Sugar Millie Style
By Karen Parr-Moody

Shawna Sheahan's booth at GasLamp Too is a whimsical pastiche of one-of-a-kind art and Mid-Century Modern finds, all in vivid color. But when Sheahan originally dreamt up the idea, she thought it would be gray and whitewashed tones accented by driftwood and antlers.

"That is obviously not what my booth looks like!" says the lithe blonde. "It's kind of the opposite — really bright and colorful."

Sheahan says that people tell her it is that sense of color that draws them in. And when they enter the space, they discover vintage items blended in with primitive and antique pieces.

Around this time last year, Sheahan attended the Bella Rustica three-day vintage show in Pulaski, Tennessee. It was there that she was hooked by the notion — what she calls a "wild idea"  — to start a booth. Them name Sugar Millie derives from "Millie," a dog she and her husband used to have, and "Sugar," a past dog of her husband's. Sheahan also runs a stationary business called Paper Millie.

While Sheahan isn't typically drawn to intricate carving (too fancy), she likes the simpler look of Eastlake pieces, such as the chair in the photo at left ($275; Booth T-186). The wood was originally in bad shape, as was the fabric.

"But I just knew it could be really beautiful," she says.

She found this fabric — a juxtaposition of zebras, wild cats and bright flowers — and knew it was perfect for the chair.

"I just think it is beautiful and whimsical and gives the chair such personality," she says. "And of course I love the colors! I love the idea of using new fabrics or paints on antiques to freshen them up and make them more modern."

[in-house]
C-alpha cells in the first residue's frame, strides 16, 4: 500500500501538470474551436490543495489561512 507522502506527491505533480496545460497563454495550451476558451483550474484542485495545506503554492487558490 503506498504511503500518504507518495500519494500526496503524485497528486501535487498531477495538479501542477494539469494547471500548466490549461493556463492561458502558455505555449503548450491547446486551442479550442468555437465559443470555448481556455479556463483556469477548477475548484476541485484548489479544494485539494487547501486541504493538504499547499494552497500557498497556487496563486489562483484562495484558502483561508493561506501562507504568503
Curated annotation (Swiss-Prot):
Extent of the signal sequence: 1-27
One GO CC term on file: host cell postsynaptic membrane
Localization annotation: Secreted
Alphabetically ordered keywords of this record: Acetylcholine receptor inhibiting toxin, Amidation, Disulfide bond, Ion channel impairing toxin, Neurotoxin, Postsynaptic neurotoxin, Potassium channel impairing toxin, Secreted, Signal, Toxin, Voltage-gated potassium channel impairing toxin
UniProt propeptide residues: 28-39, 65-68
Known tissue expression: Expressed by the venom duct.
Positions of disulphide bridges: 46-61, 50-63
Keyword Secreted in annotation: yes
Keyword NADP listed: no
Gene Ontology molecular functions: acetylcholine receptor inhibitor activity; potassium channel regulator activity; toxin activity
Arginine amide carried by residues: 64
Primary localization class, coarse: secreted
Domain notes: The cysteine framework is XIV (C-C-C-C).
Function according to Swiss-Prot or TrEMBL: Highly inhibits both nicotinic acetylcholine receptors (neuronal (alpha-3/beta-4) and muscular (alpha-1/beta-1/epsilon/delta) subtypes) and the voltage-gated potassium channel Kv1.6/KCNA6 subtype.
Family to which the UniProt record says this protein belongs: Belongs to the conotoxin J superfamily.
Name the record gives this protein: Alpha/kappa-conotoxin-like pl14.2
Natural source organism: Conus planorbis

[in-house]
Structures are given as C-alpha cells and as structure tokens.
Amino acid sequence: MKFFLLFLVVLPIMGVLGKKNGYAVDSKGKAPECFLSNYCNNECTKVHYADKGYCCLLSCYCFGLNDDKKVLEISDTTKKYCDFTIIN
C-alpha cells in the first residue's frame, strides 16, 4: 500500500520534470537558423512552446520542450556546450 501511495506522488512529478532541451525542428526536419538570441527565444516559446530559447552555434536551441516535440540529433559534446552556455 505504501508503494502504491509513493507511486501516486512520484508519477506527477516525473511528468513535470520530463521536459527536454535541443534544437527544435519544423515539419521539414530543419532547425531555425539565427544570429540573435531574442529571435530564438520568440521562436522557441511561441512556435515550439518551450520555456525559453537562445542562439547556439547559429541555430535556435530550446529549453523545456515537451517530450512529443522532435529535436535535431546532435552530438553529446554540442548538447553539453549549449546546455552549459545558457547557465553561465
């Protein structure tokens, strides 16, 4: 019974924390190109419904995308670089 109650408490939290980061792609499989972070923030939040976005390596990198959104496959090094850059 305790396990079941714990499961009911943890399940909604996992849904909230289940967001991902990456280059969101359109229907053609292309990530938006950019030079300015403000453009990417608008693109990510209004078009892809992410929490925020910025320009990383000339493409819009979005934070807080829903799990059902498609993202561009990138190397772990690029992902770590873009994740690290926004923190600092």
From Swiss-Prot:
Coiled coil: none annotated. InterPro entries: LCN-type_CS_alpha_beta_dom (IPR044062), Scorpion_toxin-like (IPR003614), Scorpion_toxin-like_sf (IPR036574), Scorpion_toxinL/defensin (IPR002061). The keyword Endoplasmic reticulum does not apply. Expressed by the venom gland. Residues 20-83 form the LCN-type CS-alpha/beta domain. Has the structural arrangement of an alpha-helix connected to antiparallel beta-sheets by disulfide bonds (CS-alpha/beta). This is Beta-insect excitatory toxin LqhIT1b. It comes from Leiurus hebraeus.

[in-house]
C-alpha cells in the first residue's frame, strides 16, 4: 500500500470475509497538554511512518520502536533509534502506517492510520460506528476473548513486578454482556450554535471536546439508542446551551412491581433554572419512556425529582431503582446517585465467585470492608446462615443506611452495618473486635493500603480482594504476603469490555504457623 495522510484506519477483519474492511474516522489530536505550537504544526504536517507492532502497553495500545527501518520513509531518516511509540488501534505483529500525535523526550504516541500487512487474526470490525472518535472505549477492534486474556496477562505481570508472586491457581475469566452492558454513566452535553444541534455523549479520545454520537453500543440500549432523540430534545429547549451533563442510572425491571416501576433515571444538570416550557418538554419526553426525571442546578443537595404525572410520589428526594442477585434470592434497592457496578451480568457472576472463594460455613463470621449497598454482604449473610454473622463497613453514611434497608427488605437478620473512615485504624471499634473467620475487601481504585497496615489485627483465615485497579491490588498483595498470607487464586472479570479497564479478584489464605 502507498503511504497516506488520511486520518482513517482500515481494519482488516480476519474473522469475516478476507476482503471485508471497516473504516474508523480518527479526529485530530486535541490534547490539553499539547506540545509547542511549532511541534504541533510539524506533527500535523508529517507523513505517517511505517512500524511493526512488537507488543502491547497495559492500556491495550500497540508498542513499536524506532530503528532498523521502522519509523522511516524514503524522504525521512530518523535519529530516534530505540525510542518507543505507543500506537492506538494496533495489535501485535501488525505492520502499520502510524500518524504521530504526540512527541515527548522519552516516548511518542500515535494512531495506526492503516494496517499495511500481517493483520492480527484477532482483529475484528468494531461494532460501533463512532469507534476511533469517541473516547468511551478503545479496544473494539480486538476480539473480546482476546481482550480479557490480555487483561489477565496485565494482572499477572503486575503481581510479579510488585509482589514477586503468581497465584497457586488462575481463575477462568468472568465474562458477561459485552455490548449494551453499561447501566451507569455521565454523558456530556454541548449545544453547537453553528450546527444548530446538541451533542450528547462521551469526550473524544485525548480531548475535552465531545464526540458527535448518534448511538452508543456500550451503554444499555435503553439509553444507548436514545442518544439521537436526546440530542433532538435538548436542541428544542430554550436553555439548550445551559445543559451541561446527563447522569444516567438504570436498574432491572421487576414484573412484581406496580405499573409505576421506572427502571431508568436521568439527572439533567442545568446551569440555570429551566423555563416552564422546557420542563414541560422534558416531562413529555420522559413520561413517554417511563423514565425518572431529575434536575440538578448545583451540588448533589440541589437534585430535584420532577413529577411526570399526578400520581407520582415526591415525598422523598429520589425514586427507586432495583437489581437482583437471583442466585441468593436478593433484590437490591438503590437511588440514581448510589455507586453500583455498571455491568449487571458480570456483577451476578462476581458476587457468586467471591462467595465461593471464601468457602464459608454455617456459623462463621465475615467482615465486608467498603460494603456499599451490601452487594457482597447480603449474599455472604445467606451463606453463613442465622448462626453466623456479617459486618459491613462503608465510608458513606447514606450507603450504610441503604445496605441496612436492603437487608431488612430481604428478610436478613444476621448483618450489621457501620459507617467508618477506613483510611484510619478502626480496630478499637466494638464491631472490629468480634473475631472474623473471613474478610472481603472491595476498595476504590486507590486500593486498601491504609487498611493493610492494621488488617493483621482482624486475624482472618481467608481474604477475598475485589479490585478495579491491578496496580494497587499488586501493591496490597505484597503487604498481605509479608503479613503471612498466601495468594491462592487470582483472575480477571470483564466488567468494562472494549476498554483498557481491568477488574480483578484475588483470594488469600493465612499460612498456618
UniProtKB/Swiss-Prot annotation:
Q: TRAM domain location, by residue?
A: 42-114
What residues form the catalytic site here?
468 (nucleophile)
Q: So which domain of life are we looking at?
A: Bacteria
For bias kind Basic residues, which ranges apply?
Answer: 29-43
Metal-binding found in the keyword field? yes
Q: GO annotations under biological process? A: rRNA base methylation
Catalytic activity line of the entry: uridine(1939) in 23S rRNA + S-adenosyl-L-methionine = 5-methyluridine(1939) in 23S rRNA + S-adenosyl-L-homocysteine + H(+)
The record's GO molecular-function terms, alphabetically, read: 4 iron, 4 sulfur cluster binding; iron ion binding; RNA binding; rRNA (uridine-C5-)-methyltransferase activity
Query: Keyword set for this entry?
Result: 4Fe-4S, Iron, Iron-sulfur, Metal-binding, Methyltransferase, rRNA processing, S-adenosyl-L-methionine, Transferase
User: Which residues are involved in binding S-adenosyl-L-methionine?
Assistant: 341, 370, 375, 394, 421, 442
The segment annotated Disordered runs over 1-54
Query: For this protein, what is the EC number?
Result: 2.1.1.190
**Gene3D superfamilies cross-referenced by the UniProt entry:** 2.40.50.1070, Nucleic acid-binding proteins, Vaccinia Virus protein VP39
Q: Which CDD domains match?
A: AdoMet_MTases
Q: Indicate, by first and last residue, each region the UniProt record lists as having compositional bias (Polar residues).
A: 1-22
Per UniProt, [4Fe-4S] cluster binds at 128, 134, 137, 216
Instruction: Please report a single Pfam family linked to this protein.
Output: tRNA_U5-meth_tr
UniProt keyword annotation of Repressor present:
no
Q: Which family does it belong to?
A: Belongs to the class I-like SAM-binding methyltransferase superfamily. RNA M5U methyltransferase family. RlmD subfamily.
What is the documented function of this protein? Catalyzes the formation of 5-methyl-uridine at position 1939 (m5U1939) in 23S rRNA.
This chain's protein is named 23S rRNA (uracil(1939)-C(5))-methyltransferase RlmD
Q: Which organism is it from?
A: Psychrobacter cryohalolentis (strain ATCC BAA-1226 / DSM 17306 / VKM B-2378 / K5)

People enjoy collecting Dutch pottery items, such as the hand-painted egg cup and bowl in the photo, right ($75). These pieces belonged to Sheahan's husband's grandmother's collection of pottery.  

"She had an amazing eye and we inherited many beautiful pieces from her," Sheahan says. "I think a collection of all different types of egg cups would be really cute as place holders at a table setting or just lined up on a windowsill."  

Sheahan studied interior design in college and has also taken numerous art and photography classes, so she is constantly dreaming up craft projects, such as the bird prints in the photo at left ($10 each). To make these, she printed vintage bird images on pages from a 1935 atlas and a 1950 music anthology. One will find other such handmade items at Sugar Millie: Sheahan has some crafty sisters, including one who makes collages and another who makes owl-themed pillows.

The oak library table in the photo, below, is certainly a one-of-a-kind find ($125). Sheahan found it in a basement at an estate sale (a favorite place to treasure hunt). It was covered with a laminate inset that was empty; fortuitously, Sheahan had bought  30 or more books at that same estate sale.

"I had all these book jackets that I was not using, but I felt bad throwing them out because some of them had such beautiful, very vintage-looking artwork on them," she says. "So, I had the idea of covering the desk top with them."

Sheahan thinks the desk would look great in a variety of rooms. Plus, there's that personal element of charm.

"I think what makes the piece even more special is knowing that it was someone's desk and their books," she says. "They were obviously important to her."  

The 1960s were arguably the golden age of travel, and these fabulous books from TWA would have once taken jetsetters on whirlwind tours of Italy, Spain and Portugal (photo, left; $10 each).

"I do love anything vintage-travel related," Sheahan says. "I am very drawn to maps, globes and any kind of travel books. Part of the attraction is the color and the graphics. But I think a lot of it goes back to my early years when I remember having a strong love of geography in school. This is an amazing world that God has created, and I am fascinated with how vast and different it all is, yet how small and connected it is too."

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